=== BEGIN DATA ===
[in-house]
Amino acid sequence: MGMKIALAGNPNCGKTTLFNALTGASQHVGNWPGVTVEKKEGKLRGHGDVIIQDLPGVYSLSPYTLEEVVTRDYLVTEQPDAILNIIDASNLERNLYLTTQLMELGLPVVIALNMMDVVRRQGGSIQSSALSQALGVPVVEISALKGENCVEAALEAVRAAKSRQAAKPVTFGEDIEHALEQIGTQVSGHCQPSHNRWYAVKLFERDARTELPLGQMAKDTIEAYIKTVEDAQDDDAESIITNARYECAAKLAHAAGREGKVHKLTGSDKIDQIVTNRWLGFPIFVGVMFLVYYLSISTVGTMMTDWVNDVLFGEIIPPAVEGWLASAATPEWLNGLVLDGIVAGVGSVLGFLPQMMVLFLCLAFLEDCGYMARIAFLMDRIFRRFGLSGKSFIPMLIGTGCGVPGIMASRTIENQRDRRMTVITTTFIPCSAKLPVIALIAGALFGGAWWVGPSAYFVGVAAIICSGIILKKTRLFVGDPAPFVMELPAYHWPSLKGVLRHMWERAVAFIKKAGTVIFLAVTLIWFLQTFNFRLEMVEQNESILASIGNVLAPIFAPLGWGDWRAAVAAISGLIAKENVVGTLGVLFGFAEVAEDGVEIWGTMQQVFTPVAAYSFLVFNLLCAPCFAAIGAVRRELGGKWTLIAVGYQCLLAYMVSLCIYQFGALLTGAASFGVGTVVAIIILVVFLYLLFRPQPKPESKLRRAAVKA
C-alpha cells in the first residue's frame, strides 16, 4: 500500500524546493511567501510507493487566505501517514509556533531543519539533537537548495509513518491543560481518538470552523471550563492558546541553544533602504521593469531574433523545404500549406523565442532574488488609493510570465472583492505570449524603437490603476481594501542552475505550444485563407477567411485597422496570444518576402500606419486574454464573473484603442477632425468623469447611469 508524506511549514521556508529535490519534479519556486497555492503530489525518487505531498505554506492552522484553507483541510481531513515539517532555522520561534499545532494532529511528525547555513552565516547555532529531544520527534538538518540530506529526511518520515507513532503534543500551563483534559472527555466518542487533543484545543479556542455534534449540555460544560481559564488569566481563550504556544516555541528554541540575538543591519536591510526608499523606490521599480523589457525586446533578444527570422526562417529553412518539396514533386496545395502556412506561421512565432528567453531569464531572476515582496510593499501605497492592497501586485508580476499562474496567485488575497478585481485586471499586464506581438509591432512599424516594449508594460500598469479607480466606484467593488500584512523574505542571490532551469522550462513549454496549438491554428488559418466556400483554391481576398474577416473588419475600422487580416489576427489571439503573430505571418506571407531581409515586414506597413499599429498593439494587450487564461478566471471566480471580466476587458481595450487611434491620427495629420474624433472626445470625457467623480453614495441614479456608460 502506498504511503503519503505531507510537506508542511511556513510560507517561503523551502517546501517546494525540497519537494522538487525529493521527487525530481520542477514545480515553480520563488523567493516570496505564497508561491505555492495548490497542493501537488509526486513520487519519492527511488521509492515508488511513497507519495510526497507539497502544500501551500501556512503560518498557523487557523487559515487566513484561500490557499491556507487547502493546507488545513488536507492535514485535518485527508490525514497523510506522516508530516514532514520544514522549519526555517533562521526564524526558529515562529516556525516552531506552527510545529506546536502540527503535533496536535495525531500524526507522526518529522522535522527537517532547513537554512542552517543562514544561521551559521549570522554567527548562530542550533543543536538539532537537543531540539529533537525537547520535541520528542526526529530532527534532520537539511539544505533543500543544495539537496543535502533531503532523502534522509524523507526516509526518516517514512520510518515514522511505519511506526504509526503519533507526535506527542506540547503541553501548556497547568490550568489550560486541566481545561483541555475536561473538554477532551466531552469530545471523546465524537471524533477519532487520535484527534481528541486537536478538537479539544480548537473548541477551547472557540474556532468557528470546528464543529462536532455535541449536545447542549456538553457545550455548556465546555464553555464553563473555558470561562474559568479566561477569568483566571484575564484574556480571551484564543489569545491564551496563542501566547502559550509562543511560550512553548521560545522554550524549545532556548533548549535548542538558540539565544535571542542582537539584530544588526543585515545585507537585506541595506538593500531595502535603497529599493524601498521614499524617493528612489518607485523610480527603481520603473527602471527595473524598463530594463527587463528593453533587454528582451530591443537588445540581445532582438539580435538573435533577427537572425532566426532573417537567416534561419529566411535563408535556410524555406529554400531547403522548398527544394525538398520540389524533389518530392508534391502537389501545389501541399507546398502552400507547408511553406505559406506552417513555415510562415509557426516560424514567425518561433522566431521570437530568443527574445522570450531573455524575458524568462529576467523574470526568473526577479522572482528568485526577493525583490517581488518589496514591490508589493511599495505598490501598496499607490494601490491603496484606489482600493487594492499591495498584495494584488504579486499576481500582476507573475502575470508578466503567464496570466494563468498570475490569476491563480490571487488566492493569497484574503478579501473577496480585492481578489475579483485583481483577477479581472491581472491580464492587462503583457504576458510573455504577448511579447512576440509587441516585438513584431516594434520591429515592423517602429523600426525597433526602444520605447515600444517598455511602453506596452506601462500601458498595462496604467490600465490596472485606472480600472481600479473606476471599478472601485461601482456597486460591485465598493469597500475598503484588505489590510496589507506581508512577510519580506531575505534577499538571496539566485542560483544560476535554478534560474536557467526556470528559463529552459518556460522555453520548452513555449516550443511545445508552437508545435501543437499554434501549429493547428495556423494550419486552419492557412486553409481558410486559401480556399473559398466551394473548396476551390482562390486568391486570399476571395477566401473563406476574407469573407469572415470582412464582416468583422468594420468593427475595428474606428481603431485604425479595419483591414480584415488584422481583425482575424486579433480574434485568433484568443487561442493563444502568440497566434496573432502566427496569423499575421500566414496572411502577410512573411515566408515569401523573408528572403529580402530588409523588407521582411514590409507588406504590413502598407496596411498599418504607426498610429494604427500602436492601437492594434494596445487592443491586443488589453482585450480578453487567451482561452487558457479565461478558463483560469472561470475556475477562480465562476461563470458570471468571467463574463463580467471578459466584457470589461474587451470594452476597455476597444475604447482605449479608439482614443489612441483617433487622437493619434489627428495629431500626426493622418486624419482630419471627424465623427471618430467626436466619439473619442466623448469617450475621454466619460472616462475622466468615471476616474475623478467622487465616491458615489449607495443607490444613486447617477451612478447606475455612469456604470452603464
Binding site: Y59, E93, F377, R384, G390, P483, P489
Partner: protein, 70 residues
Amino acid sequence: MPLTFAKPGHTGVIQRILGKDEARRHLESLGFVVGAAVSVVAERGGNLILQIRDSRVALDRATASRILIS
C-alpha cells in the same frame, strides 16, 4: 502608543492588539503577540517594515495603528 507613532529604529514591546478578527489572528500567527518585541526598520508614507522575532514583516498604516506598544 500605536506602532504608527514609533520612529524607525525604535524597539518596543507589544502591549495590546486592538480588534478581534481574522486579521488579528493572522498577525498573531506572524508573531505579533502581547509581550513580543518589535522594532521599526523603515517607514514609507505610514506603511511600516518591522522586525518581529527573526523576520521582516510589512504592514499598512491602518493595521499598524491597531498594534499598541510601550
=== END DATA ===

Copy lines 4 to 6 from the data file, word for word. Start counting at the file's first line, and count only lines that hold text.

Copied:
Binding site: Y59, E93, F377, R384, G390, P483, P489
Partner: protein, 70 residues
Amino acid sequence: MPLTFAKPGHTGVIQRILGKDEARRHLESLGFVVGAAVSVVAERGGNLILQIRDSRVALDRATASRILIS